Hok Kwong (Pinhole Camera)

Wood, brass plate, mirror, 15.2 x 15.2 x 15.2xm, 1996

I was invited by the photo magazine Dislocation to produce a work for the issue "Documentary Photography". The idea was to respond a news picture featuring a policeman filming the site of a certain incident with a video camera. I was inspired by his "monitoring". This piece is actually a pinhole camera that cannot be opened. (Be careful to look for the tiny hole on the brass plate.) I was thinking about the relationship between the viewer, his/her virtual image (made with the mirror) and real image (made with the camera). The inlaid brass signs on 3 sides of the camera are "K", "↑" and "H". I don't know why for long time H↑K has been used as the symbol for Hong Kong Government. However, in my physics class in the secondary school, I learnt "↑" as the symbol for image in the optics (Kwong Hok in Cantonese prouniciation) lesson.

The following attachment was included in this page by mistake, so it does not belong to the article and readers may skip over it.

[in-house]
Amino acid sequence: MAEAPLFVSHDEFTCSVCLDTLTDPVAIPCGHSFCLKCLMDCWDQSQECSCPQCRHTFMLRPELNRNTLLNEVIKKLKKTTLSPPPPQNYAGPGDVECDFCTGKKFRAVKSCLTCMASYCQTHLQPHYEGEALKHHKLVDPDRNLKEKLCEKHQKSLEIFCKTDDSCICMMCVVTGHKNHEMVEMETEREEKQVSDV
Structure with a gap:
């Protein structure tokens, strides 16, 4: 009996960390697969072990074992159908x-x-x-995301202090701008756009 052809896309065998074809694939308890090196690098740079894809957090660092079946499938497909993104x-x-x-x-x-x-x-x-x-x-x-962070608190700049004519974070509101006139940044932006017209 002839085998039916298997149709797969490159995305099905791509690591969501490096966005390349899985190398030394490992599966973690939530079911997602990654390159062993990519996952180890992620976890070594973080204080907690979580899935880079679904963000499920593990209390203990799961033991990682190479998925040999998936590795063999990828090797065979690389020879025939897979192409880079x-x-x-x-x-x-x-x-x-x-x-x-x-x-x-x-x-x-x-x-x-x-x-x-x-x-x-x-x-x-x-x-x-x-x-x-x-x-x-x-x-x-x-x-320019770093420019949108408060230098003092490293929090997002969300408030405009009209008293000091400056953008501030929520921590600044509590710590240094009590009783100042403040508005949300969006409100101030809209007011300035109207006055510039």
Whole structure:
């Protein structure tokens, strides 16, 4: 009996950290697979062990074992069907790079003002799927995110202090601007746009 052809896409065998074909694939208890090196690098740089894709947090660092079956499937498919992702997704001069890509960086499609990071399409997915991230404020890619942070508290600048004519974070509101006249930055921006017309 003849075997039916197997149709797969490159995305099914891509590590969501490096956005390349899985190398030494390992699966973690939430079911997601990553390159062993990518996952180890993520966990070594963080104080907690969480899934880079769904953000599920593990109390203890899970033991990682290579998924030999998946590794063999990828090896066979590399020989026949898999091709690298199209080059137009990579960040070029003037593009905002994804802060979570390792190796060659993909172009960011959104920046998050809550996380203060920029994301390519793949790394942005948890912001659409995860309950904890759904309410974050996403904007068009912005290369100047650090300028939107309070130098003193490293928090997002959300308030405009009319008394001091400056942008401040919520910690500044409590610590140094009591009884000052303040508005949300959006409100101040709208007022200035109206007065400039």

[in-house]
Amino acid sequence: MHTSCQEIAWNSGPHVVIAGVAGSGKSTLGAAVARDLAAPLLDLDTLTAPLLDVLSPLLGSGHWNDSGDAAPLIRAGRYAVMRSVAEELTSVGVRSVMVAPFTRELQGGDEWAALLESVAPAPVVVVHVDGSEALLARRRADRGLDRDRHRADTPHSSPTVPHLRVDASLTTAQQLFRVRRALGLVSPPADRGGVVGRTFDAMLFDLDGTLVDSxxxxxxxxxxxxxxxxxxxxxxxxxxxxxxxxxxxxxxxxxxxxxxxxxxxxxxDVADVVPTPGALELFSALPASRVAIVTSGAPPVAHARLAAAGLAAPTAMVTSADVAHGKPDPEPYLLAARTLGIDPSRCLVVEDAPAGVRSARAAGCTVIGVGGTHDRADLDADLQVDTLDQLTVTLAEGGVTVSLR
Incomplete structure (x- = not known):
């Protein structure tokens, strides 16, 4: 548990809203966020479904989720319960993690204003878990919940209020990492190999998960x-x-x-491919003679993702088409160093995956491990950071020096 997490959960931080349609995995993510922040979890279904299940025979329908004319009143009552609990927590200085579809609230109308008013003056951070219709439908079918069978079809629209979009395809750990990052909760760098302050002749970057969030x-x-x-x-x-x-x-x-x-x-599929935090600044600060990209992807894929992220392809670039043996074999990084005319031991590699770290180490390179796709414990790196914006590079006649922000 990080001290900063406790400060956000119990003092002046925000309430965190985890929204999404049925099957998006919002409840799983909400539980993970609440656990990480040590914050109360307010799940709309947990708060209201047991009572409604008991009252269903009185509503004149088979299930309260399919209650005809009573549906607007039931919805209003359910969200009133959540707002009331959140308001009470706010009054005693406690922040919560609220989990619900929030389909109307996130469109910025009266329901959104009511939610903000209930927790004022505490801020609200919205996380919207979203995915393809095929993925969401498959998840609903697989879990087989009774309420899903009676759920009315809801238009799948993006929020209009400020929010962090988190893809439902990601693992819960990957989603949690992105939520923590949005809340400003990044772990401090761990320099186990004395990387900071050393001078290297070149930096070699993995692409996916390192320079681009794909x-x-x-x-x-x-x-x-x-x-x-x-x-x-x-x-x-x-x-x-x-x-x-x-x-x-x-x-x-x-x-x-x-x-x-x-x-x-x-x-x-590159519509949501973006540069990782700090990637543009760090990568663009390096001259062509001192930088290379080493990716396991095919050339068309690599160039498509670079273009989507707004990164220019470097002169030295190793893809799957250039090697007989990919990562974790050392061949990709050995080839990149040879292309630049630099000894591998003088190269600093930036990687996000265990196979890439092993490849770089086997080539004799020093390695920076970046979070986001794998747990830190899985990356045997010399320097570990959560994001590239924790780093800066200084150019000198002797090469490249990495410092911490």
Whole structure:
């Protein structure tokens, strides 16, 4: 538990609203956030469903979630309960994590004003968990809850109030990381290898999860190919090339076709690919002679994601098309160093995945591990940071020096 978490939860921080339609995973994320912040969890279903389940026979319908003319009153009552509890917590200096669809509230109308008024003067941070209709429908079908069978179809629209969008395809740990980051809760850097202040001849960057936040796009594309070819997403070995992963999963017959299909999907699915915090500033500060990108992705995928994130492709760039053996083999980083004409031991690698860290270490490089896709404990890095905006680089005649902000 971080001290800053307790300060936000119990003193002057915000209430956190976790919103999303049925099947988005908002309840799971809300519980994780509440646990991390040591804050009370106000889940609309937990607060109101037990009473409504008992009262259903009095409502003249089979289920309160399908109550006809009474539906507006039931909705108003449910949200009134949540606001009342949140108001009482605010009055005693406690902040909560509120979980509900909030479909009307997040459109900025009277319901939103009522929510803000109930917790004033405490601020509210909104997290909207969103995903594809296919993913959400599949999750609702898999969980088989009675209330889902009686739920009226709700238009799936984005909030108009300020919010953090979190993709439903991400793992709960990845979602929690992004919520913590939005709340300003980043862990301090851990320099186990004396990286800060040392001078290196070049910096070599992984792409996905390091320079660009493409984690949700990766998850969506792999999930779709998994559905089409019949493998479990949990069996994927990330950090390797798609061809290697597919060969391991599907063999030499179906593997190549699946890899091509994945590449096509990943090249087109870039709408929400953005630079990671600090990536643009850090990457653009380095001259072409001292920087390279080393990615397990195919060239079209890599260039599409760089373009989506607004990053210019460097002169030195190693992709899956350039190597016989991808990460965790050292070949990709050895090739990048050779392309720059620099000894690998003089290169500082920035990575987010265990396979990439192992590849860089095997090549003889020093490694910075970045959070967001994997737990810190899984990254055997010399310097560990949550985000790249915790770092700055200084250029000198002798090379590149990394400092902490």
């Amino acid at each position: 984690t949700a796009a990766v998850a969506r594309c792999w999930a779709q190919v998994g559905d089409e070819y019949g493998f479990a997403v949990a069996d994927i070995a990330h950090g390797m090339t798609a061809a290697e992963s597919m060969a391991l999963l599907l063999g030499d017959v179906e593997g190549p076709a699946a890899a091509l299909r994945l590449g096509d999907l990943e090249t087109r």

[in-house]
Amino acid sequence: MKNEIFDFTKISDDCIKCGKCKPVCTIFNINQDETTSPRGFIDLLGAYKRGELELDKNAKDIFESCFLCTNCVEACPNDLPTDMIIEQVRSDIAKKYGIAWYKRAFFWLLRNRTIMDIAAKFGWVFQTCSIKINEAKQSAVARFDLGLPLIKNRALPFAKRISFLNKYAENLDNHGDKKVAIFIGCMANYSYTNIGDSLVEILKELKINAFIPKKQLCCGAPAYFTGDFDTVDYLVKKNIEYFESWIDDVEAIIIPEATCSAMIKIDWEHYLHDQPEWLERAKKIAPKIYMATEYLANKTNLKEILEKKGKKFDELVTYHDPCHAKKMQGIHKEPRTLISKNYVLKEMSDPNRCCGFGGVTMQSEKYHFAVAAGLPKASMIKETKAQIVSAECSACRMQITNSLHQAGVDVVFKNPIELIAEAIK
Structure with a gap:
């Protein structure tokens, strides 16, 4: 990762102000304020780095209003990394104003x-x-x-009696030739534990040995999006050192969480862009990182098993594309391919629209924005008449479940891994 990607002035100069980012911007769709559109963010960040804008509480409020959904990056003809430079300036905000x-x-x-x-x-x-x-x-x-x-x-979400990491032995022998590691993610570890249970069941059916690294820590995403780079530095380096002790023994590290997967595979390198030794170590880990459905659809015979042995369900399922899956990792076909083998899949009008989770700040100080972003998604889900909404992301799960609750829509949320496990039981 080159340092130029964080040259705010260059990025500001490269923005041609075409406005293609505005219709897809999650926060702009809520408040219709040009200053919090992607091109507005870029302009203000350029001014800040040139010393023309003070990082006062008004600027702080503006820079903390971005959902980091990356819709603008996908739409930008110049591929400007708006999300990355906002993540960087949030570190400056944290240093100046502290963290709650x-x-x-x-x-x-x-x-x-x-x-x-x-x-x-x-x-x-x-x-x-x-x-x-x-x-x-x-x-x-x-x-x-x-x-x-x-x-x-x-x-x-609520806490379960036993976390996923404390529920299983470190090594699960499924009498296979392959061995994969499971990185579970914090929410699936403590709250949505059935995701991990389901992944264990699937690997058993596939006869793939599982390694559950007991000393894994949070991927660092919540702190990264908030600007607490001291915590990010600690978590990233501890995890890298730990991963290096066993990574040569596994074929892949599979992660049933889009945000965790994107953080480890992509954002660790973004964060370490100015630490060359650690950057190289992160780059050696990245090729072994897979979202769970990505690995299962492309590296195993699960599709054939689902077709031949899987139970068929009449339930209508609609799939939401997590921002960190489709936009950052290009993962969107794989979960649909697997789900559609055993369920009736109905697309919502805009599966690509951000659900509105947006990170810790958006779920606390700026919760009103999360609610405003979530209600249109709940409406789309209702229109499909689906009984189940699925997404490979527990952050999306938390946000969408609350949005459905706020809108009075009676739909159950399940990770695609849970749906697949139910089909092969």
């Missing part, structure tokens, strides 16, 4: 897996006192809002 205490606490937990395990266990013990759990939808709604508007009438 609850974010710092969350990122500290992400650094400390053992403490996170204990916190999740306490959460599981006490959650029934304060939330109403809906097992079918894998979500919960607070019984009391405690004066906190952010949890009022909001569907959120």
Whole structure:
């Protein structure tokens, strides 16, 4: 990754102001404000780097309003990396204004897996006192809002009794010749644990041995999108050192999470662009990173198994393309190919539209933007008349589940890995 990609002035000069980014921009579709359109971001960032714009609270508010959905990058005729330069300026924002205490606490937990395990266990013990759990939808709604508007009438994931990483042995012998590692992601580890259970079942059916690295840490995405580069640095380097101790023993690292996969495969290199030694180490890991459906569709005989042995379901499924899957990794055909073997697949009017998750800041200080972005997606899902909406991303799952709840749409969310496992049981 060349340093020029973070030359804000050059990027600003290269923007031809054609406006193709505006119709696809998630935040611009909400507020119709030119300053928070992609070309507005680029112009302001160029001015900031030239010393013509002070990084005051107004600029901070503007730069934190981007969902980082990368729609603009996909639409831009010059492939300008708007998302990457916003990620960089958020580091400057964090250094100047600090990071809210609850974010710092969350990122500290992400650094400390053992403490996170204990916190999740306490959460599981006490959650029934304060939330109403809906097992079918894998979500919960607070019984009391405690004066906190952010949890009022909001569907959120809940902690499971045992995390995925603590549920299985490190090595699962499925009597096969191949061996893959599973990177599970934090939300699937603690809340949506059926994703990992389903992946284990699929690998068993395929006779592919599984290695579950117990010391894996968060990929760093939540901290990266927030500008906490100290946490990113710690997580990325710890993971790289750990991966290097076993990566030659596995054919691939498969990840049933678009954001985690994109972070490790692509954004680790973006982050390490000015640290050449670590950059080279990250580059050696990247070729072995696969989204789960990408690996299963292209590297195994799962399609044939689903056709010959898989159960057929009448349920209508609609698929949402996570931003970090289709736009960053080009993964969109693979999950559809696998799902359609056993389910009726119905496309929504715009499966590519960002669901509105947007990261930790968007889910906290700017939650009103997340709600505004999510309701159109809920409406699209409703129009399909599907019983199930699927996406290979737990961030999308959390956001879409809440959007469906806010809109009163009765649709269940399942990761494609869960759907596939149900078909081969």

Hok Kwong (Reflected)

Wood, brass plate, mirror, 15.2 x 15.2 x 15.2xm, 1996

It seems more interesting to flip over everything including that mirror in Hok Kwong (Pinhole Camera). It comes to the state that our real image can stare at our virtual image both of which, however are invisible to ourselves.